Another group—consisting of the 16 site project investigators, many of whom were members of the CTSA Mentor Working Group—focused on recruiting convenience samples of mentor–mentee pairs at their own institutions. The investigators generally recruited the mentors first, by e-mail or direct contact, and then asked them to identify all of the qualifying mentees with whom they currently worked. (In a few cases, investigators recruited the mentees first and asked them to identify their mentors.) Faculty mentors of trainees who were conducting clinical/translational research at least 50% of the time were eligible. The number of mentor–mentee pairs recruited at each site ranged from 12 to 27. The final sample consisted of 283 mentor–mentee pairs.
The third group was a national measures working group composed of researchers, evaluators, and training leaders and led by the first author (M.F.). As members of this group, we were charged with designing an instrument to assess mentoring competencies and then evaluating the psychometric properties of the instrument. Our work is the focus of this report.
Development of the MCA
First, our group reviewed the literature and examined existing mentoring assessment instruments. We identified three instruments that focused on research mentors and provided sufficient information on the development and testing of the measure.9,10,14 One of these was the Mentorship Effectiveness Scale, developed by researchers in the School of Nursing at Johns Hopkins University.14 We believed that the primary limitations of this instrument were the ceiling effect of its scale and the paucity of information about its psychometric properties. We also assessed two instruments from mentoring programs: the Wisconsin Mentoring Seminar9 and the Mentor Development Program at the University of California, San Francisco.10 Although the curriculum working group adopted some of the Wisconsin program’s curriculum for the trial, we believed that these two programs’ instruments were not adequately aligned with the trial curriculum and were not suited to our more diverse and senior audience of clinical and translational researchers. Therefore, although we used these instruments to provide a framework for our assessment instrument, we built the MCA around the competencies used for the trial.11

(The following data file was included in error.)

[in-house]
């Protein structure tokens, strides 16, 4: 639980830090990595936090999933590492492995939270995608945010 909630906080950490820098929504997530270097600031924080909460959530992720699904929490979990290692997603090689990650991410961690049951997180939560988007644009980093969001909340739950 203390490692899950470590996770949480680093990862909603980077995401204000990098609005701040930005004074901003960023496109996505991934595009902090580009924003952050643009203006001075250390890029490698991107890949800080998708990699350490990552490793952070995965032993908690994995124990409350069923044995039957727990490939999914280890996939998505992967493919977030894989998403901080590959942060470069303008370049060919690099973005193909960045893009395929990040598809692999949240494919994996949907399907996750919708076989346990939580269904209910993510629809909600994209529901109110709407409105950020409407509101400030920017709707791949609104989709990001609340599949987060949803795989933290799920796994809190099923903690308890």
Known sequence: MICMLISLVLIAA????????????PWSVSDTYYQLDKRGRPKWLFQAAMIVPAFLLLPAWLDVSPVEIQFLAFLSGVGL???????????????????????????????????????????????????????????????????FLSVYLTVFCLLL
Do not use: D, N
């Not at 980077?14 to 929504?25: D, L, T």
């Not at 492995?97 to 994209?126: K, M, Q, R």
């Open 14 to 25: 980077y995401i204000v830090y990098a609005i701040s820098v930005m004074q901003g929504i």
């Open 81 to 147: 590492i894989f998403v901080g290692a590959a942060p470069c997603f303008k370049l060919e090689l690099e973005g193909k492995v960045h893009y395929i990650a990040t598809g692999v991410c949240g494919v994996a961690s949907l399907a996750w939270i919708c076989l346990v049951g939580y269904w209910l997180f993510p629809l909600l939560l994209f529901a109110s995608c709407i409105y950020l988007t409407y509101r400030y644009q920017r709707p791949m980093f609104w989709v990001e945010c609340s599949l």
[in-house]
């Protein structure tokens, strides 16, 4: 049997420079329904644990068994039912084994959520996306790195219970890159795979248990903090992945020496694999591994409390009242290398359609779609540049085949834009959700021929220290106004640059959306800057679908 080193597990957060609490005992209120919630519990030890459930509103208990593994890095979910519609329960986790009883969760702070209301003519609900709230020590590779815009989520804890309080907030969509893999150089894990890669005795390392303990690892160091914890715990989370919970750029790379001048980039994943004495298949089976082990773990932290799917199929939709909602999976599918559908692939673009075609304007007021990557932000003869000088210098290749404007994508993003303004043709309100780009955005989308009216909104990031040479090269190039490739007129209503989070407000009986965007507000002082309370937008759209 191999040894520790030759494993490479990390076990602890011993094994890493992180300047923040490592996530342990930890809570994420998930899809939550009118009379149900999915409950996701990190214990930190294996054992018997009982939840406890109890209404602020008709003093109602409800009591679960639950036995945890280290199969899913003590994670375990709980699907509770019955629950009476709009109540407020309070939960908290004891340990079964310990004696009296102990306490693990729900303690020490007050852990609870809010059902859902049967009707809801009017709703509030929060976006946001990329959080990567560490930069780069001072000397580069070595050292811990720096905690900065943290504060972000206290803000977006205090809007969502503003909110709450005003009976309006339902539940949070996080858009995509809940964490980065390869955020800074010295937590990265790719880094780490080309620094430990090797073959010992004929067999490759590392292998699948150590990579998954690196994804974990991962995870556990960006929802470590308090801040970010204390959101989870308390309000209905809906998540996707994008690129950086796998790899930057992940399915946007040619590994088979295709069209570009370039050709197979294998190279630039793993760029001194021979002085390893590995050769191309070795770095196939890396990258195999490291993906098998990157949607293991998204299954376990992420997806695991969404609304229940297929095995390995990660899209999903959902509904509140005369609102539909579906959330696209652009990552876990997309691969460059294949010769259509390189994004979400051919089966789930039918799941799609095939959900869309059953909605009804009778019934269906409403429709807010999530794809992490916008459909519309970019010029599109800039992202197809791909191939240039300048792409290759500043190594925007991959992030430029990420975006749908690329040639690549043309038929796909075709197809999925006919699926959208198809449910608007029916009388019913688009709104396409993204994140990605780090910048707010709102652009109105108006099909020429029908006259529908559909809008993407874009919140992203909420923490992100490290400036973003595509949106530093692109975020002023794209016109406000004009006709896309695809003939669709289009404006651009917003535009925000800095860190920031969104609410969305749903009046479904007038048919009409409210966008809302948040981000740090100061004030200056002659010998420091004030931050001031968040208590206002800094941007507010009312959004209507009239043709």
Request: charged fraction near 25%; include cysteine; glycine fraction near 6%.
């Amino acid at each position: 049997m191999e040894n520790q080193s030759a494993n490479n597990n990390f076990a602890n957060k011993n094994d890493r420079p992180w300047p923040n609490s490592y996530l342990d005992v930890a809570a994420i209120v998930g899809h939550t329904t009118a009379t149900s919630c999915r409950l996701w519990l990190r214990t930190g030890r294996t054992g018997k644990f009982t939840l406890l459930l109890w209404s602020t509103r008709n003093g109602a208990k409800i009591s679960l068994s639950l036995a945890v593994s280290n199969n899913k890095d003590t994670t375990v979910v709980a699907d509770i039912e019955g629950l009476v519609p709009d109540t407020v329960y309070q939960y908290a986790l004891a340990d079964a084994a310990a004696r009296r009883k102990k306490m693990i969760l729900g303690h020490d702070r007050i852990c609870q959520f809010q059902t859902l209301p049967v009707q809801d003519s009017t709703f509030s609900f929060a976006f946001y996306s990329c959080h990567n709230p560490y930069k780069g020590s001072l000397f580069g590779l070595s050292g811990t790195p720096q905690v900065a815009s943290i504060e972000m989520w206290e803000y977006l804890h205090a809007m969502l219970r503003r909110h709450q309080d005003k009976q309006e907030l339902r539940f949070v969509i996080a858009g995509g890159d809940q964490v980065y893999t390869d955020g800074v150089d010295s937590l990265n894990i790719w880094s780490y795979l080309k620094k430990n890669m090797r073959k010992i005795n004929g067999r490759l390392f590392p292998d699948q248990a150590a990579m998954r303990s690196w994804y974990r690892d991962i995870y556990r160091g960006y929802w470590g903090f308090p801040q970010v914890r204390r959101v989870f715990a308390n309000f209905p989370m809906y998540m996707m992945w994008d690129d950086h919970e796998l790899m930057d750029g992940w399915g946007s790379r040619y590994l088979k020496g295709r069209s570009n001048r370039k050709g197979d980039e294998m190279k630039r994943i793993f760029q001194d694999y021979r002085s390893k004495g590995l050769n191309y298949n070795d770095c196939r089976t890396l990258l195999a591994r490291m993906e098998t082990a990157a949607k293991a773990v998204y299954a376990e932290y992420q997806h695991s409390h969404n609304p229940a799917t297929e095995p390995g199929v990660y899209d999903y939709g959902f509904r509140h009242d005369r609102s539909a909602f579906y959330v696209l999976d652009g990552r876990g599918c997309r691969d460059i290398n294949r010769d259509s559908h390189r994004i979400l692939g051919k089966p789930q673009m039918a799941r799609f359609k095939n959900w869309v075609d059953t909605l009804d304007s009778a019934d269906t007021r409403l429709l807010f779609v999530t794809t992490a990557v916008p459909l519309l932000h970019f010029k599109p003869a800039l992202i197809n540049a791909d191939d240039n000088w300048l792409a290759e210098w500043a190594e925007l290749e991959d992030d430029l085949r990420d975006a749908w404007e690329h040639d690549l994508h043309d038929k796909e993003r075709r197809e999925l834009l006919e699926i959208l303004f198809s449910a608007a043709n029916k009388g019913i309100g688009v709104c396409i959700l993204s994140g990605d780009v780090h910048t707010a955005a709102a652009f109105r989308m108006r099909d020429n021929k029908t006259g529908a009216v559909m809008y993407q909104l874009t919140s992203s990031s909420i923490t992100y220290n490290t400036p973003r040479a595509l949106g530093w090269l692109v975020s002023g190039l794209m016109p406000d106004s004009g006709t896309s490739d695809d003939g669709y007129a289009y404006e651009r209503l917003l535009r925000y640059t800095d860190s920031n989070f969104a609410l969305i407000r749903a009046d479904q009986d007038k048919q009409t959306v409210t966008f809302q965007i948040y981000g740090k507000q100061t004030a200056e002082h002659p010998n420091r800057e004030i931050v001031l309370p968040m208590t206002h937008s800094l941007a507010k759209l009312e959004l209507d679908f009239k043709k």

Second, we participated in numerous conference calls during a six-month period in 2010 as members of our group proposed iterations of skills to be covered in the MCA. We aligned the proposed skills with the learning objectives of each of the six mentor competencies targeted for training during the trial’s eight-hour workshop, as described in Mentor Trainingfor Clinical and Translational Researchers.11 These competencies were maintaining effective communication, aligning expectations, assessing understanding, addressing diversity, fostering independence, and promoting professional development. They were similar to competencies targeted in previous successful mentor training programs.9,10 We then developed two to six items to cover skills in each of the competencies, based on the literature and expert opinion of our group. The goal, as noted above, was to use the MCA to assess the level of these competencies in mentors before and after the trial’s educational intervention.